Solidifying Metrocentro’s role as a city center is the adjacent Inter-Continental Hotel, regarded as one of the best in Managua and a common destination point for international visitors and development professionals. The Hilton Hotel Princess is also in this area and is another popular accommodation for foreign visitors.
Los Robles in particular is a green and shady neighborhood with restaurants and cafes catering to the neighborhood’s expat community and middle-class Nicaraguans. Many European development agencies have their national headquarters here, including SNV, Oxfam, Plan, and the European Commission.
According to SNV Country Representative Noemi Danao, Los Robles “seems to be the place that people are moving to.”
Los Robles is also a walkable neighborhood, with cafes and restaurants catering to international tastes. The local café chain Casa del Café has an outlet in Los Robles and is famous for its high-quality coffee and pastries. It also has Wi-Fi access and is a comfortable place to catch up on cyber-communications. Another popular restaurant for expatriates in Los Robles is Ratatouille, a French-owned bistro near many of the European organizations housed in the area.
Adjacent to Los Robles on the other, western, side of the Carretera Masaya are two additional neighborhoods that house international development organizations and residents: Altamira and Reparto San Juan.
Altamira lies just southwest of Los Robles, making it a safe and central alternative to stay for visitors. The Hostal San Augstin is a popular choice for international travelers seeking an economic and homey base in Managua. Discounts are offered for long-term stays.
Reparto San Juan, northwest of Altamira and west of Los Robles, also offers popular bed-and-breakfast-style accommodations such as La Pyramide, operated by Marotzke. La Pyramide offers free Wi-Fi and is close to NGOs like the International Democratic Institute, Care, Habitat for Humanity, and Catholic Relief Services.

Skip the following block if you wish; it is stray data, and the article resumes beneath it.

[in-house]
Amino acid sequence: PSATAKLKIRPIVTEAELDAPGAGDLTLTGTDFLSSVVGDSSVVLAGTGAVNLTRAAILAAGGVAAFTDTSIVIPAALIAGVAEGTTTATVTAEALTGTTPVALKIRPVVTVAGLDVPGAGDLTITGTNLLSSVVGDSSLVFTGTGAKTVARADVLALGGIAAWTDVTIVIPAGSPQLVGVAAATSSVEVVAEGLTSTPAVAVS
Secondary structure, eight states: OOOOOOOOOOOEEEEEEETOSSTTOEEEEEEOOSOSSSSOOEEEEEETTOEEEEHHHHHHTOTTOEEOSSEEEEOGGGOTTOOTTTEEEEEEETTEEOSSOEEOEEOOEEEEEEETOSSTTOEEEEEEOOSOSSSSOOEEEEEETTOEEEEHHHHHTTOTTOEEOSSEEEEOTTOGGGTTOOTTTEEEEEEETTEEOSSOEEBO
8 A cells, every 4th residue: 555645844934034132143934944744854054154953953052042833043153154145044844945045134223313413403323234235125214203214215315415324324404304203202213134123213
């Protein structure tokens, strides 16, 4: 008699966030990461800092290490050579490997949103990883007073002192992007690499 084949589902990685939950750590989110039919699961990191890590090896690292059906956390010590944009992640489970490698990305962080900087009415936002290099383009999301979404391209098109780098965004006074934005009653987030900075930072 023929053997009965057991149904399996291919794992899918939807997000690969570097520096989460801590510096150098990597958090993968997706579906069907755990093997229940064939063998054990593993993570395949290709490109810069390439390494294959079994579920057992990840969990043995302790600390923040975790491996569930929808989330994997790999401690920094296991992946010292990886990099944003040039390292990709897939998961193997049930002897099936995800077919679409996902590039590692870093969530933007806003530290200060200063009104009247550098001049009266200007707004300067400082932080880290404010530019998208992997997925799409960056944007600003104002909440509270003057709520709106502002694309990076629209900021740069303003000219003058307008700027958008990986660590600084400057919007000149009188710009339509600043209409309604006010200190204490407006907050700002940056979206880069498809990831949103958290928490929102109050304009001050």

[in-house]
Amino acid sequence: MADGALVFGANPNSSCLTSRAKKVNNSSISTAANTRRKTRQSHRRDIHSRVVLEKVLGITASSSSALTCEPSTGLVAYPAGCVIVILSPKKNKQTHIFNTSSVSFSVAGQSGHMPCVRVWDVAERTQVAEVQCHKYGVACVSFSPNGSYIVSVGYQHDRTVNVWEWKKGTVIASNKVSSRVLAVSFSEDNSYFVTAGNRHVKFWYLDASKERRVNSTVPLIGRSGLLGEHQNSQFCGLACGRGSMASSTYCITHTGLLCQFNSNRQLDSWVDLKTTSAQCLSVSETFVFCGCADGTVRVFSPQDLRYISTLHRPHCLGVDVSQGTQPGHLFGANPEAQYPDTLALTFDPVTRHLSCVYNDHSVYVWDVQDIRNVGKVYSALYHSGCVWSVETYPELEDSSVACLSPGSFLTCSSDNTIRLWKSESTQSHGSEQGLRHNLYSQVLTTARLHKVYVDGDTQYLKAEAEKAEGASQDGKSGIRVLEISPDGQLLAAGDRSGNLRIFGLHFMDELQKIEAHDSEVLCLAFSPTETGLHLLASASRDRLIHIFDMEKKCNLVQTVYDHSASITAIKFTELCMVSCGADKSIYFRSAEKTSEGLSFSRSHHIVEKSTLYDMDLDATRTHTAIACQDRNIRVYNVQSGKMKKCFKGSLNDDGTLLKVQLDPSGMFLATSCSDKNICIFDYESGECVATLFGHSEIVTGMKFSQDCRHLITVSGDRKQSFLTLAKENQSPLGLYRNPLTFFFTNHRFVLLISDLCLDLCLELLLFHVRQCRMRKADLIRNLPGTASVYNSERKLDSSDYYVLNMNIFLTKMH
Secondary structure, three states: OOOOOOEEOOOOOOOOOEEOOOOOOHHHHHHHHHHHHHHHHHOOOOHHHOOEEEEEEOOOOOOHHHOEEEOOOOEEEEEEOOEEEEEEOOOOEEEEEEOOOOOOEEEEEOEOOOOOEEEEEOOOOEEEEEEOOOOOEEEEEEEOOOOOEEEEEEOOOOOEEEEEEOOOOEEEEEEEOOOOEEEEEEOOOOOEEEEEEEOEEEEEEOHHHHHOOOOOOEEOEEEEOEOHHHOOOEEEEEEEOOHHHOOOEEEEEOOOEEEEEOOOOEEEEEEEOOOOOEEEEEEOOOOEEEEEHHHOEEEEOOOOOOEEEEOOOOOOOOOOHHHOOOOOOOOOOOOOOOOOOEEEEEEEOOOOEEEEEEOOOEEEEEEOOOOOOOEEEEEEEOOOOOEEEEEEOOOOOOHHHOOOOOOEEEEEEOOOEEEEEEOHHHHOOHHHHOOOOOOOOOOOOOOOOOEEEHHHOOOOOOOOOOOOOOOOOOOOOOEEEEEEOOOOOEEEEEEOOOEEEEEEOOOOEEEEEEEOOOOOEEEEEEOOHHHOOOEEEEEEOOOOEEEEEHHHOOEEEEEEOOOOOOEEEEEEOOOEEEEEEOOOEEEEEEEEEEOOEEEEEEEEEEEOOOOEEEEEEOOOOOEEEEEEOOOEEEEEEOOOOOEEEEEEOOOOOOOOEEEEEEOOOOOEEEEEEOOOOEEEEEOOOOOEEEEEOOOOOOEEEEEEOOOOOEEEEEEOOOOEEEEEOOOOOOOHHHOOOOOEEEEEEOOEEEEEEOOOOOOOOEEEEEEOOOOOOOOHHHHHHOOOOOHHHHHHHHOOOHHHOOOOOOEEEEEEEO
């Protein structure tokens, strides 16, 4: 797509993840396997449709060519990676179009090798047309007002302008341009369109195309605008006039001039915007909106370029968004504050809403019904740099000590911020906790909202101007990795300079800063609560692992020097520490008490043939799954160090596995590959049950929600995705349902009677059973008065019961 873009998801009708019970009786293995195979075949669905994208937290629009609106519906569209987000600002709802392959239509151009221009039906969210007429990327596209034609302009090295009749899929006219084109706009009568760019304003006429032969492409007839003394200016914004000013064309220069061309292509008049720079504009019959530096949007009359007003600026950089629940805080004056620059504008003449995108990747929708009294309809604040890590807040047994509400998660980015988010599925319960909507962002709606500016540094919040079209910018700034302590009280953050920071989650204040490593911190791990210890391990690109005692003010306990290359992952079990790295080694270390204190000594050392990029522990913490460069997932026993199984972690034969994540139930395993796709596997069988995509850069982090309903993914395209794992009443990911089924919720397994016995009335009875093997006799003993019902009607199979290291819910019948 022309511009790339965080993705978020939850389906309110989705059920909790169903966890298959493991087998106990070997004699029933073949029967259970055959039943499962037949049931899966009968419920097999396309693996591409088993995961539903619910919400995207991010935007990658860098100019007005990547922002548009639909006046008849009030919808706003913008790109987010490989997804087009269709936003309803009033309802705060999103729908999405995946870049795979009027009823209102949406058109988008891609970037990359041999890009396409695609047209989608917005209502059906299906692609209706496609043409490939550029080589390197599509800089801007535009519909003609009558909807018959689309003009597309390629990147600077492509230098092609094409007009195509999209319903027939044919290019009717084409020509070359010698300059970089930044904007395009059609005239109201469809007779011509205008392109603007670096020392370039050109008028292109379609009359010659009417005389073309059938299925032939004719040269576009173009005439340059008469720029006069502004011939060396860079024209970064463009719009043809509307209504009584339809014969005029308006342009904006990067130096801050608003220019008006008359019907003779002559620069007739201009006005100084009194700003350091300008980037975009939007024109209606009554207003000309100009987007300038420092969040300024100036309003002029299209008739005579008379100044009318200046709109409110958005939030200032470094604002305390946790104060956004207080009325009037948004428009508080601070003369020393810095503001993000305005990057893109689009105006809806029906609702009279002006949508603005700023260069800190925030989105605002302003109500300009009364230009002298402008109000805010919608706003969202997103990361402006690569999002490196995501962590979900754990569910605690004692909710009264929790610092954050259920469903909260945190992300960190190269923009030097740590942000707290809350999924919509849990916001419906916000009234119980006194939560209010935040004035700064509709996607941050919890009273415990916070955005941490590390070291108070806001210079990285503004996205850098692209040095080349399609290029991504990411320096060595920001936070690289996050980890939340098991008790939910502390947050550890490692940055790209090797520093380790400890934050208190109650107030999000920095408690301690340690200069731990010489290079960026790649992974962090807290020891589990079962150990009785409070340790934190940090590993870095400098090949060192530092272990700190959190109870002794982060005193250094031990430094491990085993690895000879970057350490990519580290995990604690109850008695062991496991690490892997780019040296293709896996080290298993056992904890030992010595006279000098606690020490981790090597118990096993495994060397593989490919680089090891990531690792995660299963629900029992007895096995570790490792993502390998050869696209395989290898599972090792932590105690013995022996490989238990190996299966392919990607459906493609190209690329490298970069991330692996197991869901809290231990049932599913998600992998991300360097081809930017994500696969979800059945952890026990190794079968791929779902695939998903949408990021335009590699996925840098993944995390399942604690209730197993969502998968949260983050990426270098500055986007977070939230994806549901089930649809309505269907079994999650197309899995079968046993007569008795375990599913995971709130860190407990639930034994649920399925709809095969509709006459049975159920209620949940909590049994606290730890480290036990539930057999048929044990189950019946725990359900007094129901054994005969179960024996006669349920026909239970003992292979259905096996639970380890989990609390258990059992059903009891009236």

Many long-term expats also live father south on Carretera Masaya in the Santo Domingo and Las Colinas neighborhoods. These neighborhoods are often gated communities with fewer restaurants and other walkable attractions compared to the more accessible Los Robles, Altamira, and Reparto San Juan neighborhoods.
Just as foreign residents and the Nicaraguan upper-middle class have moved toward the higher and cooler reaches of Carretera Masaya, so Managua’s newest and most upscale shopping center lies on the city’s southern outskirts. Galerias Santo Domingo isn’t only a large, modern shopping mall, but also serves as a social center replete with cafes, restaurants, bars and discos.
The two-story fortress-like complex also boasts banks, a high-end supermarket and traditional Western shopping fare ranging from RadioShack to Tommy Hilfiger. It’s a common destination for Managua’s expat crowd.
“It’s the most foreigner-friendly mall,” PSI’s de Anda said. “You can get backup battery packs for your iPods. It’s all there.”
But if going to a mall for entertainment isn’t appealing, Managua has other options where you are more likely to find a more mature clientele.
The Zona Hippo entertainment cluster is closer to Metrocentro and the more international neighborhoods noted above. This collection of restaurants and bars is also near the Hilton Princess Hotel and includes sports and cocktail bars that draw tourists, students and local office workers. One particularly popular bar with expats and travelers is Tercer Ojo.